As part of a partnership with Alzheimer’s Society and University College London, leading healthcare organisation McKesson UK (which includes LloydsPharmacy) held an employee focus group to provide feedback and insights for a dementia research project.
The research project, supported by Alzheimer’s Society and funded by McKesson UK, is looking at how speech patterns can be used to spot early signs of dementia. Professor Rosemary Varley from University College London (UCL) is leading the study and expects that the findings will be applicable to a wide range of situations, including healthcare.
Professor Varley commented: “We know very little about the communication difficulties of people with dementia in everyday situations – such as understanding dose information for medications or how to deal with altered communicative behaviour such as repeated questions. By working with McKesson employees we have been able to learn more about their experience of dealing with people living with dementia and explore how our findings about language and communication for people with dementia can be used to improve everyday situations, like visiting a pharmacy for example.”
The research project began in January 2017 and is due to be completed later this year. As well as focus groups, the study has used computer software to identify changes in language patterns and is investigating whether certain patterns of language are better understood by people with dementia. At the end of the project the researchers will produce new resources to support better communication between people living with dementia and their families; these resources will be freely available to families, clinicians and carers.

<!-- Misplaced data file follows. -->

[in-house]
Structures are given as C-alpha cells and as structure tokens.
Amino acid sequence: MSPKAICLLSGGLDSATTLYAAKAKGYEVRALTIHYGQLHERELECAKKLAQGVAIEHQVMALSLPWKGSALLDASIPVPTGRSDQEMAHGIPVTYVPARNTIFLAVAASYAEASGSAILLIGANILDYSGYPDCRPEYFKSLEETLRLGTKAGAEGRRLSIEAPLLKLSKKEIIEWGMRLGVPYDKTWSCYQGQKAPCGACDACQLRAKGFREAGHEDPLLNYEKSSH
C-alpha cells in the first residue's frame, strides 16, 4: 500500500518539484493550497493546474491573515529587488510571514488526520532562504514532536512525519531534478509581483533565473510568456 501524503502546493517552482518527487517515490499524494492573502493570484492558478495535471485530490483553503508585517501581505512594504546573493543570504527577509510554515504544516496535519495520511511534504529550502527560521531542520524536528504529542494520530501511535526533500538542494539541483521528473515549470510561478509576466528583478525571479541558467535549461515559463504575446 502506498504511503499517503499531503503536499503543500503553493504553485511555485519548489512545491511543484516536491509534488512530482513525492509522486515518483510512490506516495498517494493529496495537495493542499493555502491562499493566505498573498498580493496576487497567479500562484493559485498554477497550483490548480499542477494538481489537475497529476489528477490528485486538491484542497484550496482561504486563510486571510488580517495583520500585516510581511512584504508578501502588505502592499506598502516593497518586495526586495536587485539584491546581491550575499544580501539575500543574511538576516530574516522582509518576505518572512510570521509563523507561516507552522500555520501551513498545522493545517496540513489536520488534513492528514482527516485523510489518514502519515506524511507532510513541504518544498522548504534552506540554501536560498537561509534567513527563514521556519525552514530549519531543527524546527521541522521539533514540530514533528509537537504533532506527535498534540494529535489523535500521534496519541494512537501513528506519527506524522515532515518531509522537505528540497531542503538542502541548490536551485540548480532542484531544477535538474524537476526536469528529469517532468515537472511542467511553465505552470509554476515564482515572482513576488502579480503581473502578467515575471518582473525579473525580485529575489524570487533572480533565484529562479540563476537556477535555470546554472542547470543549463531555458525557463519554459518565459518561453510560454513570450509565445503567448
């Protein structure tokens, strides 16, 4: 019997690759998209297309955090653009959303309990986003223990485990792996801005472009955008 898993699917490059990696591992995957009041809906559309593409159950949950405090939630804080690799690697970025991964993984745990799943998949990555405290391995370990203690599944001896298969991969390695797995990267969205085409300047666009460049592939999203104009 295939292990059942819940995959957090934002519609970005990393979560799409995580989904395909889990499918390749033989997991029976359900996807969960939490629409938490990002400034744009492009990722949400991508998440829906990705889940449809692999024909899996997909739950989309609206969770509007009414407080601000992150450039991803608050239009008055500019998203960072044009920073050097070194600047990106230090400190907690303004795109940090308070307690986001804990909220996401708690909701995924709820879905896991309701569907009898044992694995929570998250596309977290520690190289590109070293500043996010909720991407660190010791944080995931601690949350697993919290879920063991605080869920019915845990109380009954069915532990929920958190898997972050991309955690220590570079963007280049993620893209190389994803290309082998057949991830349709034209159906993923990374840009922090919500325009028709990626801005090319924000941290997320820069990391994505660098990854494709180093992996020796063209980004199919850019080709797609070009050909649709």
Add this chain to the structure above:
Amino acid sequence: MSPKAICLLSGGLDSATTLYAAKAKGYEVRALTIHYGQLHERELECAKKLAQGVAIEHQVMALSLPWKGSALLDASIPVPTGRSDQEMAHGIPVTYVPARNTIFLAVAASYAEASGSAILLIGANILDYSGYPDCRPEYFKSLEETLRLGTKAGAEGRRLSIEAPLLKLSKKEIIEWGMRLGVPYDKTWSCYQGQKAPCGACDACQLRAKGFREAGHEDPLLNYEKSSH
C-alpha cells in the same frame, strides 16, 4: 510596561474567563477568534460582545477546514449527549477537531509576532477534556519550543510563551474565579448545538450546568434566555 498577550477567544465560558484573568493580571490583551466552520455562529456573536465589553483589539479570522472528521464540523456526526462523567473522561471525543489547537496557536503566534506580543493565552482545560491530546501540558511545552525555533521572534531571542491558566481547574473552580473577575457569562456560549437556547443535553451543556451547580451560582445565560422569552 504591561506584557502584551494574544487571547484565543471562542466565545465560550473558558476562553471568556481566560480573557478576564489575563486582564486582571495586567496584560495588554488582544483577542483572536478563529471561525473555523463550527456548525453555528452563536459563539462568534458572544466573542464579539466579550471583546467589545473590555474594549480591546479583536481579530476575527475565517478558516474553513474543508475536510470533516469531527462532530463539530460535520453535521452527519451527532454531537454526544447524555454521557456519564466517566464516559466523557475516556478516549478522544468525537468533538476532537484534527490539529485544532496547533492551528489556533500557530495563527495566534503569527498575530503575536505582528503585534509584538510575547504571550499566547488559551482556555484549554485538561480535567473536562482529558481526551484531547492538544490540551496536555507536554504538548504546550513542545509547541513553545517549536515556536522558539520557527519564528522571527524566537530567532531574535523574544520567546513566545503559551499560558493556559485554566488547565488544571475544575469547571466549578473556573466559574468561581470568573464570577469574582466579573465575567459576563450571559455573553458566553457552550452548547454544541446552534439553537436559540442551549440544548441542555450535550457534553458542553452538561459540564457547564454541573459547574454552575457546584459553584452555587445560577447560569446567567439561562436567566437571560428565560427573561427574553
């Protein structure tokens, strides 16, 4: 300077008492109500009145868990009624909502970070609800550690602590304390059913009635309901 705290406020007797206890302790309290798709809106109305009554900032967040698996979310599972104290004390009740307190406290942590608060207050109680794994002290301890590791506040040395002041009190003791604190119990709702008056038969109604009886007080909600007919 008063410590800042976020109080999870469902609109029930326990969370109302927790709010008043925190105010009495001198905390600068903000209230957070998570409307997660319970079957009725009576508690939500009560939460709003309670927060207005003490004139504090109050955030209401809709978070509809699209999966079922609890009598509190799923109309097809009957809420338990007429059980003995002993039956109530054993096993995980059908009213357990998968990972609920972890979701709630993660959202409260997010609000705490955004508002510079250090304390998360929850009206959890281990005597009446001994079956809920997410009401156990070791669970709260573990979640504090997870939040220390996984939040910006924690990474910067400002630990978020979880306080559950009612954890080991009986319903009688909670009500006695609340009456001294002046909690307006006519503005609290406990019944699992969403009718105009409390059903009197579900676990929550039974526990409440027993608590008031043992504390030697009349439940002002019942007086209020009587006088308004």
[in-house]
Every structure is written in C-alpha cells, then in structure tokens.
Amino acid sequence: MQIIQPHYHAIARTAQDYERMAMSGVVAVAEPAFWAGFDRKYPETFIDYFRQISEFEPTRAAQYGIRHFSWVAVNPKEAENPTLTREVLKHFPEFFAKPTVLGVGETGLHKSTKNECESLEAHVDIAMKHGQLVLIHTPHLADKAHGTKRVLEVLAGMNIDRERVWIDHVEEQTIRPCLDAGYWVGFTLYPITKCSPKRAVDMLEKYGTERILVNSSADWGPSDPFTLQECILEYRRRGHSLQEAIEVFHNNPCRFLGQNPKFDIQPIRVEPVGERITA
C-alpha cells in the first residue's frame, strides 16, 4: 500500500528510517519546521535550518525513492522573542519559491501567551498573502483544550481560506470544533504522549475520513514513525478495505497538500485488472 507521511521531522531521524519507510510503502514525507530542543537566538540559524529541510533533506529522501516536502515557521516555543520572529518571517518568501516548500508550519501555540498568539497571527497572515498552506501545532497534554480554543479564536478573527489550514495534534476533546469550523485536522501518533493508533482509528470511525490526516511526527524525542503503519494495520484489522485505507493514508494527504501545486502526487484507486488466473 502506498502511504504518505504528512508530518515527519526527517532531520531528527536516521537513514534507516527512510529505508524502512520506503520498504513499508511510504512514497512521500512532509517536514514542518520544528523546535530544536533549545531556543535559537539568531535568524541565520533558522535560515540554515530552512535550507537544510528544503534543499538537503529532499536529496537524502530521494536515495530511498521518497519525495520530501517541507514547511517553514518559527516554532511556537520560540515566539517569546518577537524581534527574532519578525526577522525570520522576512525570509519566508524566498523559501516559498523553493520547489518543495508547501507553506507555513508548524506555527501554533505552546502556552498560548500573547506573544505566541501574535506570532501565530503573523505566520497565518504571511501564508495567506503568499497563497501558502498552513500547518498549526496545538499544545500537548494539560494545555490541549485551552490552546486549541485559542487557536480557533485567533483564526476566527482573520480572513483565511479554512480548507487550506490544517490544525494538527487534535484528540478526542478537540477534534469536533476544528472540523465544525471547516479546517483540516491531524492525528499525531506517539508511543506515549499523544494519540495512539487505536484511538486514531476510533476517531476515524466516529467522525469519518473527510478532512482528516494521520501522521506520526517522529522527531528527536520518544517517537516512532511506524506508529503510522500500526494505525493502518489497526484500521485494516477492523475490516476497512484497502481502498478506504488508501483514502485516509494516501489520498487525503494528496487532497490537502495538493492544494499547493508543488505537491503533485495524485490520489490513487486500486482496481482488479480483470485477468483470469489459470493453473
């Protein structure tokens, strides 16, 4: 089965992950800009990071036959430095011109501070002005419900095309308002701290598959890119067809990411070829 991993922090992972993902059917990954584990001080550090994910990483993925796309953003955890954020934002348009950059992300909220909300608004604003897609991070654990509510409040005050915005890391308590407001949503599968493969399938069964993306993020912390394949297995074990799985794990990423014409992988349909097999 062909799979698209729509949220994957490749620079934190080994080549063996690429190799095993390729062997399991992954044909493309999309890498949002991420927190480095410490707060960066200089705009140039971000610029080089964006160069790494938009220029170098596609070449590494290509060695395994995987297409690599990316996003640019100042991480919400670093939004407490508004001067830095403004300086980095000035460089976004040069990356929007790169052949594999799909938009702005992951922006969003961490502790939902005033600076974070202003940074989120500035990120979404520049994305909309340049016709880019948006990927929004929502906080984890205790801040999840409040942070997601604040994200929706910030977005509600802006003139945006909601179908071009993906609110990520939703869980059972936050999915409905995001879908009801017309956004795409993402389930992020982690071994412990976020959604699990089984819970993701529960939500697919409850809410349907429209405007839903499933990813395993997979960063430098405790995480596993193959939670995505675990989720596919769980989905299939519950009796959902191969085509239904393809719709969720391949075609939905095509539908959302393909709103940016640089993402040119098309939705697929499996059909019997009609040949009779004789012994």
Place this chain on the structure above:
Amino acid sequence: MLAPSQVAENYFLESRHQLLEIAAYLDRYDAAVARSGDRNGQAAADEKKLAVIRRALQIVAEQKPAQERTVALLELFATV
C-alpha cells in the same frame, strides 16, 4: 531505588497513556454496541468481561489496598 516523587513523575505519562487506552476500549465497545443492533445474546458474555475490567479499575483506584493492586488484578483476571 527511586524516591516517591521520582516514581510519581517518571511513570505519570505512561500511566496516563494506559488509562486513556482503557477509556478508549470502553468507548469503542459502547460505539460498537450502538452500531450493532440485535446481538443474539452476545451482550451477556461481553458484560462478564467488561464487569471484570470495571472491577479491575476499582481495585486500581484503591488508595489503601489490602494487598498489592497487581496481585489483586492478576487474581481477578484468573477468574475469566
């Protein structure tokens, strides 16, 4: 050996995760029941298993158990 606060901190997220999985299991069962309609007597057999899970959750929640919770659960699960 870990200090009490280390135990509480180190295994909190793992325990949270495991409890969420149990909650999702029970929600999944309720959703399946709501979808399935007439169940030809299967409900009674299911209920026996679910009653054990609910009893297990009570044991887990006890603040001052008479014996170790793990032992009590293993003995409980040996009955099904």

McKesson CEO Toby Anderson said: “We have over 1,500 pharmacies based in the community, as well as hundreds of nurses that provide personalised care for patients every day. Many of the people our teams interact with have been affected by dementia – whether it’s them or their loved ones living with the condition. That means that we are ideally placed to advise and support research like this. Managing medication can be complicated, but especially for someone with dementia. By supporting this research, we hope to help more people understand how the language they use can make a big difference.”
McKesson UK has been an official charity partner of Alzheimer’s Society since 2015. In that time, it has recruited over 28,000 employees as Dementia Friends and raised over £600,000 through colleague-led fundraising.